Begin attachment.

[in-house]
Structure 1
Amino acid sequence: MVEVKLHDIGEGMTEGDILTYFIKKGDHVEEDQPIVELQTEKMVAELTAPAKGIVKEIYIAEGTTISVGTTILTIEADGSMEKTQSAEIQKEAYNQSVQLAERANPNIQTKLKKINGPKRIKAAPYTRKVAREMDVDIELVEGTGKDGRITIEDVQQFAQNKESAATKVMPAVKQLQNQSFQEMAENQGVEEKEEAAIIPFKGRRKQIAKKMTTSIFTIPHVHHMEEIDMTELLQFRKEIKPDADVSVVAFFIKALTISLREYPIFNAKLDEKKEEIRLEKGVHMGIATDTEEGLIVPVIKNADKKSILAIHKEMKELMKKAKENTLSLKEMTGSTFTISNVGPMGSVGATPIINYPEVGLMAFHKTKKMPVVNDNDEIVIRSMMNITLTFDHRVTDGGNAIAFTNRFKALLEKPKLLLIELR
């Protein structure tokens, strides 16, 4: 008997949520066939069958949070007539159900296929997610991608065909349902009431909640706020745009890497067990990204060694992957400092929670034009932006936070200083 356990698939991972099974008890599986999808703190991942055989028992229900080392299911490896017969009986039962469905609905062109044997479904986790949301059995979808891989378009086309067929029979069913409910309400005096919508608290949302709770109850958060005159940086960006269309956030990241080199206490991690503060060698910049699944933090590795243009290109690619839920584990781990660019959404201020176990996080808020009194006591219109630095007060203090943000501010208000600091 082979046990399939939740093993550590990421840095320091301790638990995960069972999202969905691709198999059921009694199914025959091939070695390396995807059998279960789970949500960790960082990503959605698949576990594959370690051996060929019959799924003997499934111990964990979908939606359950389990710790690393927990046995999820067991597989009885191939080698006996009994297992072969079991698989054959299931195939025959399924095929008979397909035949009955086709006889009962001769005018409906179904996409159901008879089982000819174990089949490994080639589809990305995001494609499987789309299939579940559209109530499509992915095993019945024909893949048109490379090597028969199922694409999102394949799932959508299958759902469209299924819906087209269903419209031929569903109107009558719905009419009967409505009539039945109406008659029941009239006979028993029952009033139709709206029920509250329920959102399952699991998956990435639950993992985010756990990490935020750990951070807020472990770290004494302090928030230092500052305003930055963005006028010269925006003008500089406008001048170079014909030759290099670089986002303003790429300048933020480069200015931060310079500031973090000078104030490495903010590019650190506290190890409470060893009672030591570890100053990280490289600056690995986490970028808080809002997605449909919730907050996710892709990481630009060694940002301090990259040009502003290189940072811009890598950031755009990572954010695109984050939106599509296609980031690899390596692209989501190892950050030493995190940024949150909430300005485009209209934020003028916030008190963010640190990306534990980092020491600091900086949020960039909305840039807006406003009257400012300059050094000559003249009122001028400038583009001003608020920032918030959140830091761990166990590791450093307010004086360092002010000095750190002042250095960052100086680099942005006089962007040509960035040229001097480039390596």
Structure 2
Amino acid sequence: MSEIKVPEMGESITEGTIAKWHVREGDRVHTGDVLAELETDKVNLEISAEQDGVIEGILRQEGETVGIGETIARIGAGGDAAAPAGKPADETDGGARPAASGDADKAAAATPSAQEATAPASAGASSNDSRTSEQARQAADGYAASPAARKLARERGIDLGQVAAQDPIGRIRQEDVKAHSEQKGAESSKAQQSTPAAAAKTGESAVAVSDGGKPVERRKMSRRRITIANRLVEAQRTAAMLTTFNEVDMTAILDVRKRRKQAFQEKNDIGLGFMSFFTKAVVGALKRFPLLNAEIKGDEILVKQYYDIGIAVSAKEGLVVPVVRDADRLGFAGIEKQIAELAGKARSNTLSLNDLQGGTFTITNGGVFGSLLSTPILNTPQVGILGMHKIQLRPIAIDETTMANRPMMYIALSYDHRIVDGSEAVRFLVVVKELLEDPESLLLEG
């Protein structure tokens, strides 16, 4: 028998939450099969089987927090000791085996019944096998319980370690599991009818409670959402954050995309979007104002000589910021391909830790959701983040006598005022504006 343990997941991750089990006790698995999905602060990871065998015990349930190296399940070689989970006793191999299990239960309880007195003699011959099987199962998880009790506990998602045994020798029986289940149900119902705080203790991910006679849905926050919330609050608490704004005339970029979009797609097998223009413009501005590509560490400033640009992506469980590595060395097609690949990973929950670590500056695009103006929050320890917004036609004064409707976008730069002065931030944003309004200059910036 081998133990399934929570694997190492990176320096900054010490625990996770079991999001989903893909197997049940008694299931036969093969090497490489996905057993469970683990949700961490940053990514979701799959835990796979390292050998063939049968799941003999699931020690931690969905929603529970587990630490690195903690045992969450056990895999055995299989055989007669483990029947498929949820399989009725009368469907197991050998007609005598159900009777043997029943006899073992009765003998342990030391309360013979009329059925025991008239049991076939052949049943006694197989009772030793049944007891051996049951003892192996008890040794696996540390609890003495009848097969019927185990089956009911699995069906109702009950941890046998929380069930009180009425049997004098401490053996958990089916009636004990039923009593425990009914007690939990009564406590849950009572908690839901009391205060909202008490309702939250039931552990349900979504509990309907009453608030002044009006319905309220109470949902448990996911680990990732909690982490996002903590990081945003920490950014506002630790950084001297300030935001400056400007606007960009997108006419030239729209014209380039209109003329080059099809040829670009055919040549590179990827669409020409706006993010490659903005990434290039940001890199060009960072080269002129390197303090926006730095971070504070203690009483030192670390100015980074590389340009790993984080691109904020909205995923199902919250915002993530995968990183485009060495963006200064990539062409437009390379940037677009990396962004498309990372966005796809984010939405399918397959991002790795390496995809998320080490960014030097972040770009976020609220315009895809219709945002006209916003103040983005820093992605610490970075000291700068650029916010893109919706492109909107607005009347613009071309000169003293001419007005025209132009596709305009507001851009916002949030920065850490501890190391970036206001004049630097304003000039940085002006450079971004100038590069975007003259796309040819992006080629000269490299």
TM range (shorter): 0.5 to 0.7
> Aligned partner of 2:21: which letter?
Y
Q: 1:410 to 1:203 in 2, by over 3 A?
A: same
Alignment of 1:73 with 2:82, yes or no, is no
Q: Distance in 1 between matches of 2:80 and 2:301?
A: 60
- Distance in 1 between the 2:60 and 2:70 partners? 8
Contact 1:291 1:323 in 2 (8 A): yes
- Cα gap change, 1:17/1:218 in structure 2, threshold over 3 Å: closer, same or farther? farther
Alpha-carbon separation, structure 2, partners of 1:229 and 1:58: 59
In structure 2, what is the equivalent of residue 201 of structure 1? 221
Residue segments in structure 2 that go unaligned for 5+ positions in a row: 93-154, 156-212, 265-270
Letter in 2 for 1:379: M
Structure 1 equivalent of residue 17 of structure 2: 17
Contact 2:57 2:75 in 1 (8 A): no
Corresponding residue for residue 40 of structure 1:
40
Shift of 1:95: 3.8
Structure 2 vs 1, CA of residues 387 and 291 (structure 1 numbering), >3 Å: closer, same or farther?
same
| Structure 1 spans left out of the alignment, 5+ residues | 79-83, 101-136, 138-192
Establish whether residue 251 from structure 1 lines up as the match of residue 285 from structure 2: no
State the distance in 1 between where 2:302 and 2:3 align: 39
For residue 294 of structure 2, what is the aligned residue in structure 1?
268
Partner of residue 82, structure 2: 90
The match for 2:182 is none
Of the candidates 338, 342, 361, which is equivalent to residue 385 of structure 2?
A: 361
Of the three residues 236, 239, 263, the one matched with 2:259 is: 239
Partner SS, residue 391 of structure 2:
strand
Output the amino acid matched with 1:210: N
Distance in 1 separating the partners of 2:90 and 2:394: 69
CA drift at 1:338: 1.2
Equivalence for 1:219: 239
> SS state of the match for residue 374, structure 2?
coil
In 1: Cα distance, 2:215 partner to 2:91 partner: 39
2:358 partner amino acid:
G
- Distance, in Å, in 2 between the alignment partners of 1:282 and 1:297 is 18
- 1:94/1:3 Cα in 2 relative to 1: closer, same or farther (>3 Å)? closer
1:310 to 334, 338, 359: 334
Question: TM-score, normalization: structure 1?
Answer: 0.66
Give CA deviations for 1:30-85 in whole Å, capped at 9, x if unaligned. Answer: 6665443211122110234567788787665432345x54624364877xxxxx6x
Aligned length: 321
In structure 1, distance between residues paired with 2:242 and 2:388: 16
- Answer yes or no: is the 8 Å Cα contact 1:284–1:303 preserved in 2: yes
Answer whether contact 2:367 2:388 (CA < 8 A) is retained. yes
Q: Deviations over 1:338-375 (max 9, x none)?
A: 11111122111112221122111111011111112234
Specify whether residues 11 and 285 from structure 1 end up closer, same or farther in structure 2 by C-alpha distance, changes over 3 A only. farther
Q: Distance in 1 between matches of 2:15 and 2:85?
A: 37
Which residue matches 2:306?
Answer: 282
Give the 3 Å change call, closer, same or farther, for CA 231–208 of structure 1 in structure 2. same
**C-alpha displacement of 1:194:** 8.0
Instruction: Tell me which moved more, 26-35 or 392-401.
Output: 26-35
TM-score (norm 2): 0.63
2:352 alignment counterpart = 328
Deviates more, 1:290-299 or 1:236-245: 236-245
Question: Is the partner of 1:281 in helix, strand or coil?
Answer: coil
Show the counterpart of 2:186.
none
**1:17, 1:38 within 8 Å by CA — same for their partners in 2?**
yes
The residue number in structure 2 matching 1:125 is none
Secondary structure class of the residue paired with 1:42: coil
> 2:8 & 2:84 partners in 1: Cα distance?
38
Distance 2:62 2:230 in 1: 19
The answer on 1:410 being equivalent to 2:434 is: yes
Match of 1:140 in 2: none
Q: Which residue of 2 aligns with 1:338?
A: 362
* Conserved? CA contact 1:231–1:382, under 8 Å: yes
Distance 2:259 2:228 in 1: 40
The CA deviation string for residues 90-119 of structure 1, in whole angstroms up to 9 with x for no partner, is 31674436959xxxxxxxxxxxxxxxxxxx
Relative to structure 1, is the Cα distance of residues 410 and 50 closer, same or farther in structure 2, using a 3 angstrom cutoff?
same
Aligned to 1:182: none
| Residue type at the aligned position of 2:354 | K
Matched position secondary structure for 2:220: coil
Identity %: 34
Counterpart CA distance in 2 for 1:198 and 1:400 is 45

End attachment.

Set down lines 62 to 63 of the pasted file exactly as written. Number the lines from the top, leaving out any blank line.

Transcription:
A: 11111122111112221122111111011111112234
Specify whether residues 11 and 285 from structure 1 end up closer, same or farther in structure 2 by C-alpha distance, changes over 3 A only. farther